Sunday, September 28, 2014

Catching up on classics: LOLITA by Vladimir Nabokov

LolitaRarely does a novel evoke such strong reactions from readers; the provocative and overwhelming inappropriateness of the topical nature of LOLITA and the misguided and delusional paedophile Humbert Humbert at its controversial centre radiates loathing and disgust.

Irrespective of the uncomfortable themes explored in Vladimir Nabokov's classic depiction of a weak middle aged man and his prepubescent unofficial ward nee unwilling lover, LOLITA is as difficult to put down as it is to read.

The unreliable narrator (the pompous, self righteous and unlawful Humbert Humbert) provides insight into a mind meddled with madness and consumed by a child concubine. Through turn of phrase and clever word play, author Vladimir Nabokov attempts to breathe reason and rationale only to portray Humbert Humbert in the deeply distributed darkness of which he rightfully resides.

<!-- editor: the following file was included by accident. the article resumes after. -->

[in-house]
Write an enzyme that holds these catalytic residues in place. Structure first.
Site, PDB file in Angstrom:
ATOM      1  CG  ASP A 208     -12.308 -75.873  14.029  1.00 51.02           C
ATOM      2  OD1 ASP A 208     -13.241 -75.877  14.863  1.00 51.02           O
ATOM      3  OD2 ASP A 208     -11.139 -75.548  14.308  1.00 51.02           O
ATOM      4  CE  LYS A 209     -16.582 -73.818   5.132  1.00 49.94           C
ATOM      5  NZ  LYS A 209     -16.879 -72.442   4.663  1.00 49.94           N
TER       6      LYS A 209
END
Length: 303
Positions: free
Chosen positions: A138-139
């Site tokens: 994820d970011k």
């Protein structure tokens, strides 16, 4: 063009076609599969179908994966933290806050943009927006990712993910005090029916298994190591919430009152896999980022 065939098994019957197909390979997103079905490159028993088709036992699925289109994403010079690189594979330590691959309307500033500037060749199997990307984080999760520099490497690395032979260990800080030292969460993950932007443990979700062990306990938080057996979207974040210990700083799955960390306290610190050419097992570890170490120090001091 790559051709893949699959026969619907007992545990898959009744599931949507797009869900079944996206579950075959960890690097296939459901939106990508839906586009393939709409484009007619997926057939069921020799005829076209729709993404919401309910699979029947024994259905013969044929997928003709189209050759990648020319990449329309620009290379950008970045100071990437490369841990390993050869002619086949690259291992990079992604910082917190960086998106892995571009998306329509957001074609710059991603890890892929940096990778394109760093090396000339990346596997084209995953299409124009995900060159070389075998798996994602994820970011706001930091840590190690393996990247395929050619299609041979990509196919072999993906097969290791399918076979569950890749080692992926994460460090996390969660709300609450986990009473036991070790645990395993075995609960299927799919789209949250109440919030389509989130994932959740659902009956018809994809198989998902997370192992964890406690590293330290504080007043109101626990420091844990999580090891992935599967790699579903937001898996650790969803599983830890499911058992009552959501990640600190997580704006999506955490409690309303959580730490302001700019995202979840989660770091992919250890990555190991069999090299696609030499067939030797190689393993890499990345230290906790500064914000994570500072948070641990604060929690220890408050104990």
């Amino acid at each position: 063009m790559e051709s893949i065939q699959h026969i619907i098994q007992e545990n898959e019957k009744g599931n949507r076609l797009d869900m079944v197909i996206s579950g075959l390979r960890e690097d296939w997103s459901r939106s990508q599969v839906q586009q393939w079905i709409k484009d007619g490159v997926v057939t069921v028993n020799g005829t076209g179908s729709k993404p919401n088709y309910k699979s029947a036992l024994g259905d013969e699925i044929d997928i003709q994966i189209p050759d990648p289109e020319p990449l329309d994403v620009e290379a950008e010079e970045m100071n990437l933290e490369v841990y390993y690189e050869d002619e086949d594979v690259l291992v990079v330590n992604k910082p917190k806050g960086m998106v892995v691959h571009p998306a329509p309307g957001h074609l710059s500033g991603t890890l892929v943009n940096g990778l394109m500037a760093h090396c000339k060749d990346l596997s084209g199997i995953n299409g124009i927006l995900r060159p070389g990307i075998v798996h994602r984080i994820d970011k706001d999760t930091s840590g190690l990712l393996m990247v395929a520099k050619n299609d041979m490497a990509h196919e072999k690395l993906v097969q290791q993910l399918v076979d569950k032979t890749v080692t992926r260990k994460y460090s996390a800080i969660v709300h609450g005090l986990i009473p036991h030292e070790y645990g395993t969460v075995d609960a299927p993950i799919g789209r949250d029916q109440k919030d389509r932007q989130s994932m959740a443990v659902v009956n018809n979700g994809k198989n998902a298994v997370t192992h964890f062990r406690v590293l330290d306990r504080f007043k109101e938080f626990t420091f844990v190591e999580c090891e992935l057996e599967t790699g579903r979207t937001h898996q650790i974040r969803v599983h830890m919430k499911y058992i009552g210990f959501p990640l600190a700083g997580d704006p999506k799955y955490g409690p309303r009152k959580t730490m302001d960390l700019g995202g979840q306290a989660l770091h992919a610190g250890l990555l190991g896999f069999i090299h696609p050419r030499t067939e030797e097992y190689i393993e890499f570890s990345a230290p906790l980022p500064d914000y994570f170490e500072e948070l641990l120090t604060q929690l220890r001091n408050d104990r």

Interestingly, English isn't Vladimir Nabokov's first language, yet to the uninformed, LOLITA reads beautifully, written by a highly competent author well versed in the use of the English language.

I really did enjoy LOLITA and I'll seek other novels by Vladimir Nabokov, the only downside is that LOLITA has set such high expectations that I hope his other novels can compare.

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